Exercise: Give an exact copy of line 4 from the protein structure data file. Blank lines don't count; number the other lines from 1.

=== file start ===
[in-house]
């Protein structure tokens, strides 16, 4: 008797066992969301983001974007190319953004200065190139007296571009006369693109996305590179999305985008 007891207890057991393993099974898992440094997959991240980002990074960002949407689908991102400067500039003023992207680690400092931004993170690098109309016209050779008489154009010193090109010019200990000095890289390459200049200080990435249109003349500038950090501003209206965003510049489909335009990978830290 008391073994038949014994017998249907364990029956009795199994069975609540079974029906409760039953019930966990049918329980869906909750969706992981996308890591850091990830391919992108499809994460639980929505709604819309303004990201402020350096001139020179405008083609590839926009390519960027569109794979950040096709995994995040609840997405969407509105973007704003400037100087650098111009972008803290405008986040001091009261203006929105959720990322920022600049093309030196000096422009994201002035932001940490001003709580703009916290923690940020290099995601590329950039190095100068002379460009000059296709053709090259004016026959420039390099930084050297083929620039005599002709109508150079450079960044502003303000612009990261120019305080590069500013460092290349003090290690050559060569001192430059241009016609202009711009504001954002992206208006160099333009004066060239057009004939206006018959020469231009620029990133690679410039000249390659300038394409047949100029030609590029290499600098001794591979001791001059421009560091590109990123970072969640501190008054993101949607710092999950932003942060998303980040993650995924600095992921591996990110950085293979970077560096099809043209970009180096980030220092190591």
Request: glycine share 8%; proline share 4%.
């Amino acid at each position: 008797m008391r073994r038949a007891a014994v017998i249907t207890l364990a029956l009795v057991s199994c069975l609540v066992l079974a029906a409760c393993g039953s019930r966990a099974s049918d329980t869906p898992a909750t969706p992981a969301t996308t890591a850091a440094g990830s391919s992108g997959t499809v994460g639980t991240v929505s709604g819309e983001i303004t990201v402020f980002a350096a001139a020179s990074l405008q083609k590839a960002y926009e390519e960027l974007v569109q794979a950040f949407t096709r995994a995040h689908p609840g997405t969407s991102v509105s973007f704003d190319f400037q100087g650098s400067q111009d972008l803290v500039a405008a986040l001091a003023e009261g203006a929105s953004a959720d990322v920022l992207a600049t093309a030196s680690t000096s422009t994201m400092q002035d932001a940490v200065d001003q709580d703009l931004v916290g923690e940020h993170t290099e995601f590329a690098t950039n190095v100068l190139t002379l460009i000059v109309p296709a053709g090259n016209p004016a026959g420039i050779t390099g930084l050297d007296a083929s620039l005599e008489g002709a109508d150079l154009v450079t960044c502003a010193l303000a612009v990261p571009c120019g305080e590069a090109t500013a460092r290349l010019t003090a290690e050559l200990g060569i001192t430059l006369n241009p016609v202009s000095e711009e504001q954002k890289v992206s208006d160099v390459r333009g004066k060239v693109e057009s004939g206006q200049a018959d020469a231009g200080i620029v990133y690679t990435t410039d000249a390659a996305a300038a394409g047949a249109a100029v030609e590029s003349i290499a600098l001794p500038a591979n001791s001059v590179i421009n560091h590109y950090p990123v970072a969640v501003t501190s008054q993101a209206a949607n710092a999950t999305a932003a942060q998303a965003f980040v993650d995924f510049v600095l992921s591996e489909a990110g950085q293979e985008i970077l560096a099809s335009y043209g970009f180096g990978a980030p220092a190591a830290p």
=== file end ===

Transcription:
């Amino acid at each position: 008797m008391r073994r038949a007891a014994v017998i249907t207890l364990a029956l009795v057991s199994c069975l609540v066992l079974a029906a409760c393993g039953s019930r966990a099974s049918d329980t869906p898992a909750t969706p992981a969301t996308t890591a850091a440094g990830s391919s992108g997959t499809v994460g639980t991240v929505s709604g819309e983001i303004t990201v402020f980002a350096a001139a020179s990074l405008q083609k590839a960002y926009e390519e960027l974007v569109q794979a950040f949407t096709r995994a995040h689908p609840g997405t969407s991102v509105s973007f704003d190319f400037q100087g650098s400067q111009d972008l803290v500039a405008a986040l001091a003023e009261g203006a929105s953004a959720d990322v920022l992207a600049t093309a030196s680690t000096s422009t994201m400092q002035d932001a940490v200065d001003q709580d703009l931004v916290g923690e940020h993170t290099e995601f590329a690098t950039n190095v100068l190139t002379l460009i000059v109309p296709a053709g090259n016209p004016a026959g420039i050779t390099g930084l050297d007296a083929s620039l005599e008489g002709a109508d150079l154009v450079t960044c502003a010193l303000a612009v990261p571009c120019g305080e590069a090109t500013a460092r290349l010019t003090a290690e050559l200990g060569i001192t430059l006369n241009p016609v202009s000095e711009e504001q954002k890289v992206s208006d160099v390459r333009g004066k060239v693109e057009s004939g206006q200049a018959d020469a231009g200080i620029v990133y690679t990435t410039d000249a390659a996305a300038a394409g047949a249109a100029v030609e590029s003349i290499a600098l001794p500038a591979n001791s001059v590179i421009n560091h590109y950090p990123v970072a969640v501003t501190s008054q993101a209206a949607n710092a999950t999305a932003a942060q998303a965003f980040v993650d995924f510049v600095l992921s591996e489909a990110g950085q293979e985008i970077l560096a099809s335009y043209g970009f180096g990978a980030p220092a190591a830290p």